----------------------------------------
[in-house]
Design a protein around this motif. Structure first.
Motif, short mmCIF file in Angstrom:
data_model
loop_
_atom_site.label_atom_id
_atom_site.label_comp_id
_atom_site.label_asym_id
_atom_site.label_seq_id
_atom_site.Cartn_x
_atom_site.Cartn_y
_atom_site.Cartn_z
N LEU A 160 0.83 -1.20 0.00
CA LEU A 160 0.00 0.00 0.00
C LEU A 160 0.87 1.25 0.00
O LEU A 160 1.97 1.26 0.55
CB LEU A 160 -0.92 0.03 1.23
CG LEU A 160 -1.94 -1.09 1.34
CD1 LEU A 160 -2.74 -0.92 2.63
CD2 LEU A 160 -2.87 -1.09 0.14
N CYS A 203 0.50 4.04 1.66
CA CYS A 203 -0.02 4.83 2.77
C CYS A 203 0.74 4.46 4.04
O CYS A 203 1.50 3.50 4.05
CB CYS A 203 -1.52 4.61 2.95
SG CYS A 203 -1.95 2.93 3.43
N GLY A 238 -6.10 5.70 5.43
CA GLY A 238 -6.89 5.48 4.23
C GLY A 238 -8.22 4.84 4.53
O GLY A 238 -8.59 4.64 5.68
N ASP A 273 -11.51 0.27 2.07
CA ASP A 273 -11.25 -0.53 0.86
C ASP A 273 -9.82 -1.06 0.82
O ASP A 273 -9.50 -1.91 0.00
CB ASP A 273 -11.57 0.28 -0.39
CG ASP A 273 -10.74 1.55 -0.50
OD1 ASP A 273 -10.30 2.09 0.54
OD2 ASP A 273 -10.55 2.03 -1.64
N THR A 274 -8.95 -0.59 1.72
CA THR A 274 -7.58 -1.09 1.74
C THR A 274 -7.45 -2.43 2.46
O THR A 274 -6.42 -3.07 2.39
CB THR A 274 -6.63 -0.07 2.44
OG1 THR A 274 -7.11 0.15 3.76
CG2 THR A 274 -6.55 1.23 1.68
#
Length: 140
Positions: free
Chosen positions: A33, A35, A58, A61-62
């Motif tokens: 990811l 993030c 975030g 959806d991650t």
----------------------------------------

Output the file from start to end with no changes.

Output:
[in-house]
Design a protein around this motif. Structure first.
Motif, short mmCIF file in Angstrom:
data_model
loop_
_atom_site.label_atom_id
_atom_site.label_comp_id
_atom_site.label_asym_id
_atom_site.label_seq_id
_atom_site.Cartn_x
_atom_site.Cartn_y
_atom_site.Cartn_z
N LEU A 160 0.83 -1.20 0.00
CA LEU A 160 0.00 0.00 0.00
C LEU A 160 0.87 1.25 0.00
O LEU A 160 1.97 1.26 0.55
CB LEU A 160 -0.92 0.03 1.23
CG LEU A 160 -1.94 -1.09 1.34
CD1 LEU A 160 -2.74 -0.92 2.63
CD2 LEU A 160 -2.87 -1.09 0.14
N CYS A 203 0.50 4.04 1.66
CA CYS A 203 -0.02 4.83 2.77
C CYS A 203 0.74 4.46 4.04
O CYS A 203 1.50 3.50 4.05
CB CYS A 203 -1.52 4.61 2.95
SG CYS A 203 -1.95 2.93 3.43
N GLY A 238 -6.10 5.70 5.43
CA GLY A 238 -6.89 5.48 4.23
C GLY A 238 -8.22 4.84 4.53
O GLY A 238 -8.59 4.64 5.68
N ASP A 273 -11.51 0.27 2.07
CA ASP A 273 -11.25 -0.53 0.86
C ASP A 273 -9.82 -1.06 0.82
O ASP A 273 -9.50 -1.91 0.00
CB ASP A 273 -11.57 0.28 -0.39
CG ASP A 273 -10.74 1.55 -0.50
OD1 ASP A 273 -10.30 2.09 0.54
OD2 ASP A 273 -10.55 2.03 -1.64
N THR A 274 -8.95 -0.59 1.72
CA THR A 274 -7.58 -1.09 1.74
C THR A 274 -7.45 -2.43 2.46
O THR A 274 -6.42 -3.07 2.39
CB THR A 274 -6.63 -0.07 2.44
OG1 THR A 274 -7.11 0.15 3.76
CG2 THR A 274 -6.55 1.23 1.68
#
Length: 140
Positions: free
Chosen positions: A33, A35, A58, A61-62
């Motif tokens: 990811l 993030c 975030g 959806d991650t």